Authorities in Western U.S. Agree to Rip-Up Grass Lawns for Water Conservation

Boats are seen in low water at the Antelope Point Marina in Lake Powell on the Colorado River in Page, Arizona, on September 4, 2022. - More than two decades of severe drought have left the Colorado River and its second-largest reservoir, Lake Powell, at critical levels, as climate change leads to increased heat and decreased precipitation.

Boats are seen in low water at the Antelope Point Marina in Lake Powell on the Colorado River in Page, Arizona, on September 4, 2022. – More than two decades of severe drought have left the Colorado River and its second-largest reservoir, Lake Powell, at critical levels, as climate change leads to increased heat and decreased precipitation.

A group of agencies that provide water to millions of customers in the western U.S. has agreed to rip-up grass lawns in public spaces across multiple states as part of an effort to reduce water usage as the Colorado River continues to suffer from a major drought.

More than 30 agencies that draw water from the river signed on to the conservation agreement last week. The pledge promises to remove 30% of grass lawns and replace them with “drought- and climate-resilient landscaping while maintaining vital urban landscapes and tree canopies,” that benefit communities and wildlife. The agencies will remove the many well-manicured lawns seen throughout parking lots, neighborhood entryways, and highway medians.

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Though seemingly harmless, grass lawns use up a lot of water. A 2016 study co-authored by NASA scientists emphasized that grass that grows in arid states (like California, for example) could be responsible for up to 75% of a household’s water consumption. Agencies like the Southern Nevada Water Authority have incentivized property owners to swap grass lawns with plants that soak up a lot less water, like drip-irrigated trees.

“Replacing this grass with drip-irrigated trees and plants will save about 9.5 billion gallons of water, which is about 10% of our community’s total water allocation from Lake Mead/Colorado River,” a spokesperson for the Southern Nevada Water Authority told Earther in an email.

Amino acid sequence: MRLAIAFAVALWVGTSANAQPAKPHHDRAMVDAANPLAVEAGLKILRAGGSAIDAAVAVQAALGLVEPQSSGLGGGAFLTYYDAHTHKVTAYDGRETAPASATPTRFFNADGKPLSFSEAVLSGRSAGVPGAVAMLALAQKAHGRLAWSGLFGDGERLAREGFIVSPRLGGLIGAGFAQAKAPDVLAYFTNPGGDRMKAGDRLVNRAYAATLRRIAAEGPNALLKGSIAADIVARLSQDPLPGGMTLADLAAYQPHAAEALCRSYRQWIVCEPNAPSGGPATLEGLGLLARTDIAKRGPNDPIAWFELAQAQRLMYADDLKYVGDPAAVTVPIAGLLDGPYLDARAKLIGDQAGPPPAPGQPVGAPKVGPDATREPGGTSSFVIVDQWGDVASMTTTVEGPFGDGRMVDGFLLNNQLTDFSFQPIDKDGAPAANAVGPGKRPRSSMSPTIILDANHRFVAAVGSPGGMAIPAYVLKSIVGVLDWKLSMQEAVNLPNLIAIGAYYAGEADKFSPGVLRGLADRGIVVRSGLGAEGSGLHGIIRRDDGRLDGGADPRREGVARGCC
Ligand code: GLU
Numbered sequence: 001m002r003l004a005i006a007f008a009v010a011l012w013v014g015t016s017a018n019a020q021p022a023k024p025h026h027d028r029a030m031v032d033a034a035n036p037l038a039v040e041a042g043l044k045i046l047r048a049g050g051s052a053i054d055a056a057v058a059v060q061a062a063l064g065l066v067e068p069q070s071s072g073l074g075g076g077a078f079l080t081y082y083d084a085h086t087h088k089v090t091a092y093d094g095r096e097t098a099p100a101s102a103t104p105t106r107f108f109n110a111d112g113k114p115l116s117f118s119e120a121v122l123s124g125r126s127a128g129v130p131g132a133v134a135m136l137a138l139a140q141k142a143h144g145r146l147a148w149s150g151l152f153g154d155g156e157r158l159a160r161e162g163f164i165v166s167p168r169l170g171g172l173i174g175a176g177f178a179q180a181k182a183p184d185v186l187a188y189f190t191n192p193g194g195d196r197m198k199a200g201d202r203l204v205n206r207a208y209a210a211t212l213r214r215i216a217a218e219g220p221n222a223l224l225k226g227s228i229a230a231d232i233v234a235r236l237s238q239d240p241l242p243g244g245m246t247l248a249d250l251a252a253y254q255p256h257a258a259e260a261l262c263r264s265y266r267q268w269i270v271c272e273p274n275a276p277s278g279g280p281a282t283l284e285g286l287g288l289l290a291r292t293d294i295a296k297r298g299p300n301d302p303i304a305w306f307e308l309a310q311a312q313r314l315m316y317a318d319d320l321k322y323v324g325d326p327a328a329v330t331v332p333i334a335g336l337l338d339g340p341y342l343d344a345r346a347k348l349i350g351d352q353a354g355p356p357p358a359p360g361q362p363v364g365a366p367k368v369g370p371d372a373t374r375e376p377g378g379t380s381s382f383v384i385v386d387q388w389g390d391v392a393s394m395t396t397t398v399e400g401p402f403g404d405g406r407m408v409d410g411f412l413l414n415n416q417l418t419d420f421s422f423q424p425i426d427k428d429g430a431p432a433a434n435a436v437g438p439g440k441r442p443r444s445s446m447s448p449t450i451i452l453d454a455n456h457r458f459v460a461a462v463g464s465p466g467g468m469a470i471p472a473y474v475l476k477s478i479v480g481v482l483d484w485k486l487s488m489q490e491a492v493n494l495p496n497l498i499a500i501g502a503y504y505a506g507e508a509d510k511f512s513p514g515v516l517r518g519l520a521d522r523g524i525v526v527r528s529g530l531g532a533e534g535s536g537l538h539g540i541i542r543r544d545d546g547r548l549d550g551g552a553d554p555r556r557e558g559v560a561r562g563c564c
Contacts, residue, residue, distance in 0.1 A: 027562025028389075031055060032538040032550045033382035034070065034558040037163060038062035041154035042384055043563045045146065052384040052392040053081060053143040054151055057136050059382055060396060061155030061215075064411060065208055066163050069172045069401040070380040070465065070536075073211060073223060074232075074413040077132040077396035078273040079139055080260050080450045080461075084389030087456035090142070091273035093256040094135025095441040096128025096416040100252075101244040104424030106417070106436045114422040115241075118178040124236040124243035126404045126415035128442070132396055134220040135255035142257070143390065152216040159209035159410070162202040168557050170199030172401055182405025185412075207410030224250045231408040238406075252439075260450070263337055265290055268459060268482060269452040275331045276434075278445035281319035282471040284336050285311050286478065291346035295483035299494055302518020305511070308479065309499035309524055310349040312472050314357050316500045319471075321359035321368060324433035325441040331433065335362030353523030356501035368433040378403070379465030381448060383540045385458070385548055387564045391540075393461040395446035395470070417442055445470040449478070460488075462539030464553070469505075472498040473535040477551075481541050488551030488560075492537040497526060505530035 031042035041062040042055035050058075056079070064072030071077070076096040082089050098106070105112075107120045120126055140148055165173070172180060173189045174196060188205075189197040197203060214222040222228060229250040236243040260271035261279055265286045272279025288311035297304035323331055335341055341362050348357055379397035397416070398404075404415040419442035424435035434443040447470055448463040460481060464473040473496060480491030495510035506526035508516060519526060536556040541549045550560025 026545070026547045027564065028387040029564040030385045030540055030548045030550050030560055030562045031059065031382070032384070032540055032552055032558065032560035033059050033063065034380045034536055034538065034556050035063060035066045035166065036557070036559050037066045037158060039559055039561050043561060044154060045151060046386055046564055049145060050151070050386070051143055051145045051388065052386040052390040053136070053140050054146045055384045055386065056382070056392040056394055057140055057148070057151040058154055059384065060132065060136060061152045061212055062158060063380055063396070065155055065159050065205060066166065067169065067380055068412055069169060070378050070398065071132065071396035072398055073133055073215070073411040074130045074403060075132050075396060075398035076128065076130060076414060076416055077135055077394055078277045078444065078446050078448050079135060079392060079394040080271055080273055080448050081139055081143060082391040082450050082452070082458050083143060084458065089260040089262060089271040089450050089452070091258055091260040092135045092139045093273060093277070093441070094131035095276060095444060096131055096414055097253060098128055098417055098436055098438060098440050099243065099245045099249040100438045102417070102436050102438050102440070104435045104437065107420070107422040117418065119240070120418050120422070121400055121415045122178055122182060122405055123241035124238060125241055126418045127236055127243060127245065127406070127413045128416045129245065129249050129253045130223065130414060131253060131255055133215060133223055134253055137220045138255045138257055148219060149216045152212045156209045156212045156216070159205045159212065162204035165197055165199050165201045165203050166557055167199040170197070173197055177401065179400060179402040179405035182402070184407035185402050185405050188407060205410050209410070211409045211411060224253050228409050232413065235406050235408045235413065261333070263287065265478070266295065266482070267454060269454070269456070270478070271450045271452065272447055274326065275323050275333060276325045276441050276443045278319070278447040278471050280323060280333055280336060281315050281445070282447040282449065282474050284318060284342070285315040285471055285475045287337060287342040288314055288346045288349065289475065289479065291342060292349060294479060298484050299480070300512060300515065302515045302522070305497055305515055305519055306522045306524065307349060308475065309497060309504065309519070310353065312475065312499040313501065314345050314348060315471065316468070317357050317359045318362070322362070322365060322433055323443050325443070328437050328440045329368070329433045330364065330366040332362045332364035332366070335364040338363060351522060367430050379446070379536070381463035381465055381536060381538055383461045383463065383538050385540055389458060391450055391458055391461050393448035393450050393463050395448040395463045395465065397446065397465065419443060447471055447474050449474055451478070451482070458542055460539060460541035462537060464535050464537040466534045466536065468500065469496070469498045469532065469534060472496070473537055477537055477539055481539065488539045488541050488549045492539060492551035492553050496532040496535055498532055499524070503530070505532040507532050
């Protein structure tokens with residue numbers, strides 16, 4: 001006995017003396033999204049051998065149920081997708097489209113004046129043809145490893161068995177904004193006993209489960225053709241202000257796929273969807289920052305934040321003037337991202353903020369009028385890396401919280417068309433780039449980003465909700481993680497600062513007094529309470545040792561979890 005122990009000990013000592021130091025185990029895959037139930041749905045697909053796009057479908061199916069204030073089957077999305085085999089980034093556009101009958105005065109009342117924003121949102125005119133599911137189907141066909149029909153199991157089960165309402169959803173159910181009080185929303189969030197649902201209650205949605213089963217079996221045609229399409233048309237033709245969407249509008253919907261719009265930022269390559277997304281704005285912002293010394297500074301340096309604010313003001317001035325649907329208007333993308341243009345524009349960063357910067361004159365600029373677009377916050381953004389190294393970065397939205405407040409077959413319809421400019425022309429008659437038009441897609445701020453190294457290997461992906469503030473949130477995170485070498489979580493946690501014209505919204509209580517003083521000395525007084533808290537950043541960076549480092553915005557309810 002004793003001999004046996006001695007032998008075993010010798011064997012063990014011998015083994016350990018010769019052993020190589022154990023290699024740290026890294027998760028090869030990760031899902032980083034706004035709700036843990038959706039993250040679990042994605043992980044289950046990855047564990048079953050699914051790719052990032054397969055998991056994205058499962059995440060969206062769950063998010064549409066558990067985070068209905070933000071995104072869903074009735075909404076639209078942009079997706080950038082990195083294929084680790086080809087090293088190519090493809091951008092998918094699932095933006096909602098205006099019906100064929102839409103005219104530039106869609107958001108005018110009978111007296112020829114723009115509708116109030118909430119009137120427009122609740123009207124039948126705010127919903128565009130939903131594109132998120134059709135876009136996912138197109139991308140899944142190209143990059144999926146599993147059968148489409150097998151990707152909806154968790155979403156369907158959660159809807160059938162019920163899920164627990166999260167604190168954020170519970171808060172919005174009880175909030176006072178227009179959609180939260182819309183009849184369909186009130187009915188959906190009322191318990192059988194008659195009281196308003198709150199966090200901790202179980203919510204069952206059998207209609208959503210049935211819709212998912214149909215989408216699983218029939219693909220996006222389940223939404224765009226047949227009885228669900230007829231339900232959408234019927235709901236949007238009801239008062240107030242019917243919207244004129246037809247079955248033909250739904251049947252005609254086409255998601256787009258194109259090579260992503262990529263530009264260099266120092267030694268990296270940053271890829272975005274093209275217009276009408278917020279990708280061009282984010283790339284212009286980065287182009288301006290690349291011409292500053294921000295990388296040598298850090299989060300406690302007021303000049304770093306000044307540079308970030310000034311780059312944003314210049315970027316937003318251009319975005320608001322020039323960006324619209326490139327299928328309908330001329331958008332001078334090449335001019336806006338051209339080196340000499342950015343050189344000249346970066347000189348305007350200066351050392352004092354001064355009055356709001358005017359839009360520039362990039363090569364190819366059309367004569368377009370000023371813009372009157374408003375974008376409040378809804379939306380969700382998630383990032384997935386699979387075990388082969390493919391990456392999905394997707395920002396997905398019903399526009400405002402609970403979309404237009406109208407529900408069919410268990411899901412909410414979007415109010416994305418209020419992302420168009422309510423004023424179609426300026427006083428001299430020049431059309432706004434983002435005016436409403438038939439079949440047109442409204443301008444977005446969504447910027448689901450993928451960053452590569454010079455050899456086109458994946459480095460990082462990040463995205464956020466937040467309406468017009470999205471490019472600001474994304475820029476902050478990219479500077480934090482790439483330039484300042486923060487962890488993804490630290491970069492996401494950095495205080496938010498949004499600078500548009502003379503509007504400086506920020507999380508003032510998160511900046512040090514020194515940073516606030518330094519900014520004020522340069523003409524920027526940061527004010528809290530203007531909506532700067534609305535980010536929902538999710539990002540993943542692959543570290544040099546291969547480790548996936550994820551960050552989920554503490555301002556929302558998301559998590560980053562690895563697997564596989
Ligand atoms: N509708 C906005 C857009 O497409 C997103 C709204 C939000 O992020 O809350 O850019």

So far the commitment is a little light on details. The agencies promised to expand water recycling efforts, though they didn’t explain how. The agreement also failed to mention how the regional agricultural industry will lower its water use, though it did acknowledge that cities don’t use up most of the water coming out of the river. Urban areas use about one-fifth of the water sourced from the Colorado River, while agriculture takes up the rest, the Associated Press reported. “Cities—the 20% —can’t solve the math problem. But we can certainly contribute to solving the problem,” John Entsminger, the Southern Nevada Water Authority’s general manager, said according to the Associated Press.

Communities out west are already feeling the ripple effects of some recent water conservation efforts. A small town of 500 people near the Rio Verde foothills in Arizona may be without water by the end of this year. The town doesn’t have its own water and has sourced it from nearby Scottsdale. But late last year, Scottsdale announced that it would stop transporting water to the town by 2023. City officials cited the Colorado River water shortages for the cutoff. Scottsdale sources about 65% of its water from the river and officials are trying to lower reduce usage by ceasing water deliveries to the small town.

If the region doesn’t continue to reduce water usage from the Colorado River, major reservoirs like Lake Powell and Lake Mead could dry up in just three years. And it doesn’t look like the country’s water woes are going away anytime soon. Just last month, the National Oceanic and Atmospheric Administration announced that the U.S. is in for another super dry winter. Almost all of California, Nevada, and Utah are expected to continue experiencing drier-than-average conditions, and lower-than-average precipitation.

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